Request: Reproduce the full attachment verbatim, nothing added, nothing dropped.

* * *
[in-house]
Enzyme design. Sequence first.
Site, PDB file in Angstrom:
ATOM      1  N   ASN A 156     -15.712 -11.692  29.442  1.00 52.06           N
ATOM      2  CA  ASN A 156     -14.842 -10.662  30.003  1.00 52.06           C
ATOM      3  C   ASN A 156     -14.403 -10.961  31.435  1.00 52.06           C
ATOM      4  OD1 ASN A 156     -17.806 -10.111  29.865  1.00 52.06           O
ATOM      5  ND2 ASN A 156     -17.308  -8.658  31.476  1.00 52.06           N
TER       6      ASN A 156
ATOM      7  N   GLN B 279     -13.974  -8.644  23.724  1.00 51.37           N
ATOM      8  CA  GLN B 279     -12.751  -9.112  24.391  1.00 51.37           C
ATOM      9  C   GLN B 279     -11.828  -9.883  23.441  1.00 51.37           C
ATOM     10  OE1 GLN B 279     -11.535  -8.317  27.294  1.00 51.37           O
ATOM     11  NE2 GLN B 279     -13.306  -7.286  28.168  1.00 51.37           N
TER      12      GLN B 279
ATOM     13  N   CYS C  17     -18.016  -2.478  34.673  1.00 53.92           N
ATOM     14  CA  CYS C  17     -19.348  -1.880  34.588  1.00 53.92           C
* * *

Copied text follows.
[in-house]
Enzyme design. Sequence first.
Site, PDB file in Angstrom:
ATOM      1  N   ASN A 156     -15.712 -11.692  29.442  1.00 52.06           N
ATOM      2  CA  ASN A 156     -14.842 -10.662  30.003  1.00 52.06           C
ATOM      3  C   ASN A 156     -14.403 -10.961  31.435  1.00 52.06           C
ATOM      4  OD1 ASN A 156     -17.806 -10.111  29.865  1.00 52.06           O
ATOM      5  ND2 ASN A 156     -17.308  -8.658  31.476  1.00 52.06           N
TER       6      ASN A 156
ATOM      7  N   GLN B 279     -13.974  -8.644  23.724  1.00 51.37           N
ATOM      8  CA  GLN B 279     -12.751  -9.112  24.391  1.00 51.37           C
ATOM      9  C   GLN B 279     -11.828  -9.883  23.441  1.00 51.37           C
ATOM     10  OE1 GLN B 279     -11.535  -8.317  27.294  1.00 51.37           O
ATOM     11  NE2 GLN B 279     -13.306  -7.286  28.168  1.00 51.37           N
TER      12      GLN B 279
ATOM     13  N   CYS C  17     -18.016  -2.478  34.673  1.00 53.92           N
ATOM     14  CA  CYS C  17     -19.348  -1.880  34.588  1.00 53.92           C